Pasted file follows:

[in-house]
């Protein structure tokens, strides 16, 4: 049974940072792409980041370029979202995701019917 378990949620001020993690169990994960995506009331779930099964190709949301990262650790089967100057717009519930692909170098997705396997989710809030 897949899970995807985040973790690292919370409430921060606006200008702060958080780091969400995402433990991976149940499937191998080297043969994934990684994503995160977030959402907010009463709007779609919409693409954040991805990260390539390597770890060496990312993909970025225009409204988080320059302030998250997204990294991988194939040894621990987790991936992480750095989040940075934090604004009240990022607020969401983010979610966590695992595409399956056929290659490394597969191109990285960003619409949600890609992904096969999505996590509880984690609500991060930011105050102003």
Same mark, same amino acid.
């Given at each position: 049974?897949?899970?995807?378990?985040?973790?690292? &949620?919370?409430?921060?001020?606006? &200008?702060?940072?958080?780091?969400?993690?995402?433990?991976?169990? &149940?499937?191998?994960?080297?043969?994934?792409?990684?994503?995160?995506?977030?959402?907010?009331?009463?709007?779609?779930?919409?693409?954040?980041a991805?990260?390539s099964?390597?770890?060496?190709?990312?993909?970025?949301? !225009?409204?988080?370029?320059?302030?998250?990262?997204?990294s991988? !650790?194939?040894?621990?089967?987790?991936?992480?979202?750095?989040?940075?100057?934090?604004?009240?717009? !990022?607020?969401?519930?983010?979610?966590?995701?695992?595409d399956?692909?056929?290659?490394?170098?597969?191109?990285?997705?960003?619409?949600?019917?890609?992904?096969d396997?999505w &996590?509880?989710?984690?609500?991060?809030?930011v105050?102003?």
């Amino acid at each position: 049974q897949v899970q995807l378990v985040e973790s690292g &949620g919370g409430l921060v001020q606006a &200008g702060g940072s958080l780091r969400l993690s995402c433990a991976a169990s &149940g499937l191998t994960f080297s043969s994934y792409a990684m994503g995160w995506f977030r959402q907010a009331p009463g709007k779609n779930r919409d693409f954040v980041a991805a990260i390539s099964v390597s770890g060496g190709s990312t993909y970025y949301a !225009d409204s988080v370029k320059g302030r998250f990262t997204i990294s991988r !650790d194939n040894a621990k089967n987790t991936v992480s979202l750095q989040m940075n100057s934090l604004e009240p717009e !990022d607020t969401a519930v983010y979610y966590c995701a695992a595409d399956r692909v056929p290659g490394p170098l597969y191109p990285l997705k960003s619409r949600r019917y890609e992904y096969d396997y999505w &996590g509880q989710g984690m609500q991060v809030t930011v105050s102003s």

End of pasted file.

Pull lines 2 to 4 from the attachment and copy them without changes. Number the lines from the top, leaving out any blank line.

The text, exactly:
């Protein structure tokens, strides 16, 4: 049974940072792409980041370029979202995701019917 378990949620001020993690169990994960995506009331779930099964190709949301990262650790089967100057717009519930692909170098997705396997989710809030 897949899970995807985040973790690292919370409430921060606006200008702060958080780091969400995402433990991976149940499937191998080297043969994934990684994503995160977030959402907010009463709007779609919409693409954040991805990260390539390597770890060496990312993909970025225009409204988080320059302030998250997204990294991988194939040894621990987790991936992480750095989040940075934090604004009240990022607020969401983010979610966590695992595409399956056929290659490394597969191109990285960003619409949600890609992904096969999505996590509880984690609500991060930011105050102003």
Same mark, same amino acid.
């Given at each position: 049974?897949?899970?995807?378990?985040?973790?690292? &949620?919370?409430?921060?001020?606006? &200008?702060?940072?958080?780091?969400?993690?995402?433990?991976?169990? &149940?499937?191998?994960?080297?043969?994934?792409?990684?994503?995160?995506?977030?959402?907010?009331?009463?709007?779609?779930?919409?693409?954040?980041a991805?990260?390539s099964?390597?770890?060496?190709?990312?993909?970025?949301? !225009?409204?988080?370029?320059?302030?998250?990262?997204?990294s991988? !650790?194939?040894?621990?089967?987790?991936?992480?979202?750095?989040?940075?100057?934090?604004?009240?717009? !990022?607020?969401?519930?983010?979610?966590?995701?695992?595409d399956?692909?056929?290659?490394?170098?597969?191109?990285?997705?960003?619409?949600?019917?890609?992904?096969d396997?999505w &996590?509880?989710?984690?609500?991060?809030?930011v105050?102003?």